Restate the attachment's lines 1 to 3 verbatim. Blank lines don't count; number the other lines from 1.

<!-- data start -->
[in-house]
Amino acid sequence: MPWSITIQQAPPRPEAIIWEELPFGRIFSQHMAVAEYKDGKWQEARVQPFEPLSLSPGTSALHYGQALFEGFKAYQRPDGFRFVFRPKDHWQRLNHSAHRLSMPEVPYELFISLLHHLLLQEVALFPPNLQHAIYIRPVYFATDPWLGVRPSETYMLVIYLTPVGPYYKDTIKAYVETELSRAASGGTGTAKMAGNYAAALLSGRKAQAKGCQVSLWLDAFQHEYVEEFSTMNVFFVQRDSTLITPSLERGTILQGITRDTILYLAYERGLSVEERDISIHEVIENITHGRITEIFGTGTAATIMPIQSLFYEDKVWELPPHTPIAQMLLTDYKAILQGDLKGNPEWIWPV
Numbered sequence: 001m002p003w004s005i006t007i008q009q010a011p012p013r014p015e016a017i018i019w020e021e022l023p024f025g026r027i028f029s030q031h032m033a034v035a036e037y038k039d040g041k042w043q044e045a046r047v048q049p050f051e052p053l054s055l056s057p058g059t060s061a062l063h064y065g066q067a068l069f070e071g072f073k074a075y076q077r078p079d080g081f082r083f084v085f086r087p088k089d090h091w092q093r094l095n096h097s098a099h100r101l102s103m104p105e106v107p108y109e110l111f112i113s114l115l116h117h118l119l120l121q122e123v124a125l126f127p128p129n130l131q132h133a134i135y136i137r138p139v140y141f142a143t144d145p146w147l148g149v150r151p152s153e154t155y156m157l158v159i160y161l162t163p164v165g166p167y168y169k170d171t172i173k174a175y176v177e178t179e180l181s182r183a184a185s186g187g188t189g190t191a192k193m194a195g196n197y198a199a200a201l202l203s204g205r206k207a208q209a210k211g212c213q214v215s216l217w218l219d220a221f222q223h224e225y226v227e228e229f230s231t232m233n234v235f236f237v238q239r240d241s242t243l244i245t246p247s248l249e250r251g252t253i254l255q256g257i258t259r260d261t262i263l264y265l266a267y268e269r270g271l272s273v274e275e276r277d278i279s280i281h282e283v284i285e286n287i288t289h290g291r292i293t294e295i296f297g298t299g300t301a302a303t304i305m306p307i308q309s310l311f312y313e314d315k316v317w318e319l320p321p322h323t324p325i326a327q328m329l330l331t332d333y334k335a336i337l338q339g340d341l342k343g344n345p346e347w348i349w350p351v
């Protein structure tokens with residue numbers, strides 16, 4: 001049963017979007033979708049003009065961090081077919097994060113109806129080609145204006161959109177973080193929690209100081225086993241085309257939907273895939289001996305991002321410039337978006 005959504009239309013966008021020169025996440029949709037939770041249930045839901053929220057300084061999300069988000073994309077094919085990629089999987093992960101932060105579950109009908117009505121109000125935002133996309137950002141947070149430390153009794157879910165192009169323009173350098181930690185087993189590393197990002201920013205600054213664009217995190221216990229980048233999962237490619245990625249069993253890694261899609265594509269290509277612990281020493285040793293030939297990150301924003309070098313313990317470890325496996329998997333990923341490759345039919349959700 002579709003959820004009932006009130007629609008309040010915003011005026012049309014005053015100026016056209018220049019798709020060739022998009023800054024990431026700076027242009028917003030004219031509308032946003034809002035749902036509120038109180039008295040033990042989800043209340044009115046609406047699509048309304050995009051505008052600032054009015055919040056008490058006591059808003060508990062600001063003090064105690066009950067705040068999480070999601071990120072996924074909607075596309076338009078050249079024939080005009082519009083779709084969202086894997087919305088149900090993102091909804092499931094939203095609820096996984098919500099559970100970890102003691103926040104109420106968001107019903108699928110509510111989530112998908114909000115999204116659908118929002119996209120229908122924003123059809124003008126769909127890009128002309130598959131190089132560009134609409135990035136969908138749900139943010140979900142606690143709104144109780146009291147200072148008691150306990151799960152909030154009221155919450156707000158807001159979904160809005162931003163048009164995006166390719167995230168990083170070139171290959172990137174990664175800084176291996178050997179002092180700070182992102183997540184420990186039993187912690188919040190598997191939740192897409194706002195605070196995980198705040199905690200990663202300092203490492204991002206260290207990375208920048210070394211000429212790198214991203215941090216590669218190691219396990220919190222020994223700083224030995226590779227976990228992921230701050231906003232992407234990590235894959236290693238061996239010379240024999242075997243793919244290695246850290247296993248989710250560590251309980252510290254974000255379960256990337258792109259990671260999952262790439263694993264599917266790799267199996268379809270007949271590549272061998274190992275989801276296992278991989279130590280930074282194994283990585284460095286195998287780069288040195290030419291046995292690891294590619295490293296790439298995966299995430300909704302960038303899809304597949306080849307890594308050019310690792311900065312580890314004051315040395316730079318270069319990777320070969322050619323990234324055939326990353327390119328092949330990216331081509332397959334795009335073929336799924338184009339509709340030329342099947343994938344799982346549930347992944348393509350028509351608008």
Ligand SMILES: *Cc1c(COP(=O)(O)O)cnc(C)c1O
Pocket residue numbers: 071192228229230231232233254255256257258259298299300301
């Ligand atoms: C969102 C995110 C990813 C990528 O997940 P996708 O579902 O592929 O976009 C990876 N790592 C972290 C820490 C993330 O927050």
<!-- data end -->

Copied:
[in-house]
Amino acid sequence: MPWSITIQQAPPRPEAIIWEELPFGRIFSQHMAVAEYKDGKWQEARVQPFEPLSLSPGTSALHYGQALFEGFKAYQRPDGFRFVFRPKDHWQRLNHSAHRLSMPEVPYELFISLLHHLLLQEVALFPPNLQHAIYIRPVYFATDPWLGVRPSETYMLVIYLTPVGPYYKDTIKAYVETELSRAASGGTGTAKMAGNYAAALLSGRKAQAKGCQVSLWLDAFQHEYVEEFSTMNVFFVQRDSTLITPSLERGTILQGITRDTILYLAYERGLSVEERDISIHEVIENITHGRITEIFGTGTAATIMPIQSLFYEDKVWELPPHTPIAQMLLTDYKAILQGDLKGNPEWIWPV
Numbered sequence: 001m002p003w004s005i006t007i008q009q010a011p012p013r014p015e016a017i018i019w020e021e022l023p024f025g026r027i028f029s030q031h032m033a034v035a036e037y038k039d040g041k042w043q044e045a046r047v048q049p050f051e052p053l054s055l056s057p058g059t060s061a062l063h064y065g066q067a068l069f070e071g072f073k074a075y076q077r078p079d080g081f082r083f084v085f086r087p088k089d090h091w092q093r094l095n096h097s098a099h100r101l102s103m104p105e106v107p108y109e110l111f112i113s114l115l116h117h118l119l120l121q122e123v124a125l126f127p128p129n130l131q132h133a134i135y136i137r138p139v140y141f142a143t144d145p146w147l148g149v150r151p152s153e154t155y156m157l158v159i160y161l162t163p164v165g166p167y168y169k170d171t172i173k174a175y176v177e178t179e180l181s182r183a184a185s186g187g188t189g190t191a192k193m194a195g196n197y198a199a200a201l202l203s204g205r206k207a208q209a210k211g212c213q214v215s216l217w218l219d220a221f222q223h224e225y226v227e228e229f230s231t232m233n234v235f236f237v238q239r240d241s242t243l244i245t246p247s248l249e250r251g252t253i254l255q256g257i258t259r260d261t262i263l264y265l266a267y268e269r270g271l272s273v274e275e276r277d278i279s280i281h282e283v284i285e286n287i288t289h290g291r292i293t294e295i296f297g298t299g300t301a302a303t304i305m306p307i308q309s310l311f312y313e314d315k316v317w318e319l320p321p322h323t324p325i326a327q328m329l330l331t332d333y334k335a336i337l338q339g340d341l342k343g344n345p346e347w348i349w350p351v